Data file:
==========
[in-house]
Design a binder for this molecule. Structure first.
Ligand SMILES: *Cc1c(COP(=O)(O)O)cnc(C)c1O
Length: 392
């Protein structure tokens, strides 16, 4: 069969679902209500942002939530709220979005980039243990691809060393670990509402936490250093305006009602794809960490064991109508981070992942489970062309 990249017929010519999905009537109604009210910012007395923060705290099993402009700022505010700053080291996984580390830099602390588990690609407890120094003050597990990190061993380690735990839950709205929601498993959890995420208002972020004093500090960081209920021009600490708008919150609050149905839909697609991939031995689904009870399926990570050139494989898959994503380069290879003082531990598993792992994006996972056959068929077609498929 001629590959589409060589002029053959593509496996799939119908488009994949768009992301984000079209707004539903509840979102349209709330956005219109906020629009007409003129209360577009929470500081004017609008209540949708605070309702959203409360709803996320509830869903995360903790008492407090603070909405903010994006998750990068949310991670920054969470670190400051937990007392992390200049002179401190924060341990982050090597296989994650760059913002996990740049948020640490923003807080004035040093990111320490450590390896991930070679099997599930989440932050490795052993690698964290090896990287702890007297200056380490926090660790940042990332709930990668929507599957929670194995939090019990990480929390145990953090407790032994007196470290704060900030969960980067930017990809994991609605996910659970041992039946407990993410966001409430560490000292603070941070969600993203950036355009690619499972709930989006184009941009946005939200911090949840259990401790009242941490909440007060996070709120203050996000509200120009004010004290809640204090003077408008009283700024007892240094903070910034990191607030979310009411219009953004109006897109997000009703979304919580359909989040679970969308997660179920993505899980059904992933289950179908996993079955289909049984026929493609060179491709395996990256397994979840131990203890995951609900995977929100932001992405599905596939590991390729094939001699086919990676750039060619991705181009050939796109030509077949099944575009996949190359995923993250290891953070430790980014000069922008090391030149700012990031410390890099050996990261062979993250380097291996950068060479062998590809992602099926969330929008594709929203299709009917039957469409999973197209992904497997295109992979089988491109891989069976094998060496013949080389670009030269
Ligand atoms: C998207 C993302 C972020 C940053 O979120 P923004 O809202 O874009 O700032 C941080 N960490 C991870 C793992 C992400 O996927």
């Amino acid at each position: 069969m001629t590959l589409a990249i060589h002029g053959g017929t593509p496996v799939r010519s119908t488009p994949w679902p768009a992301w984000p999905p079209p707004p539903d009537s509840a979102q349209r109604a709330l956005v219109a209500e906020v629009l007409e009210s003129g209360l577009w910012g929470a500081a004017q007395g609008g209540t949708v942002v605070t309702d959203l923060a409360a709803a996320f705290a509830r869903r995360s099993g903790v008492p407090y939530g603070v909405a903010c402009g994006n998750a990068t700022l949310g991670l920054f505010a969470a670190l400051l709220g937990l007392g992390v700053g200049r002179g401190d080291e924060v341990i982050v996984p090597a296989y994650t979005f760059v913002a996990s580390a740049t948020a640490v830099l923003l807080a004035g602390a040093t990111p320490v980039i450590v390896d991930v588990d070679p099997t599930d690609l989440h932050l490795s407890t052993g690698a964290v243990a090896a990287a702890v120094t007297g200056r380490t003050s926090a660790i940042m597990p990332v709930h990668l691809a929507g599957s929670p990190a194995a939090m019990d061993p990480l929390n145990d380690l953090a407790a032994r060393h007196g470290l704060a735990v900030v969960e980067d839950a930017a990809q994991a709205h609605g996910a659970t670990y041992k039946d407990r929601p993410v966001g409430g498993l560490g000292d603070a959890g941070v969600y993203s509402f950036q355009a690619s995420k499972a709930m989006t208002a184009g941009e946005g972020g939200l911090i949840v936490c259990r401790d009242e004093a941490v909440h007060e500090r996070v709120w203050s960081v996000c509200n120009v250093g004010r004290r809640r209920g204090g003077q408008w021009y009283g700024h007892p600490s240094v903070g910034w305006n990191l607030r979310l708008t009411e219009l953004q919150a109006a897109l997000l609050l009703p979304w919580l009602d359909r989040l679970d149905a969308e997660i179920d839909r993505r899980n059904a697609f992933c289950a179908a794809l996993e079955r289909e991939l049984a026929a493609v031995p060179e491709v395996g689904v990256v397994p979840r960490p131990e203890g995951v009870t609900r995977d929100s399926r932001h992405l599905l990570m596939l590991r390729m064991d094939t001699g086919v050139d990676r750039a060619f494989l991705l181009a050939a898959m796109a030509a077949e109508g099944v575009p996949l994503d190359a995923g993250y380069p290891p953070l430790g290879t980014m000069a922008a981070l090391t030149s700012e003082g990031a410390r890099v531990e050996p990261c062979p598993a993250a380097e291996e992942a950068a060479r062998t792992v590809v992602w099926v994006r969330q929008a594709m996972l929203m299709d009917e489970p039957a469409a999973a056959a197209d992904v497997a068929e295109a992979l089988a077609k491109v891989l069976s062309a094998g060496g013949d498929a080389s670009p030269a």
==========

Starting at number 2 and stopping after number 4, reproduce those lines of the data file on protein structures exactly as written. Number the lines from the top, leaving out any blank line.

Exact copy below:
Design a binder for this molecule. Structure first.
Ligand SMILES: *Cc1c(COP(=O)(O)O)cnc(C)c1O
Length: 392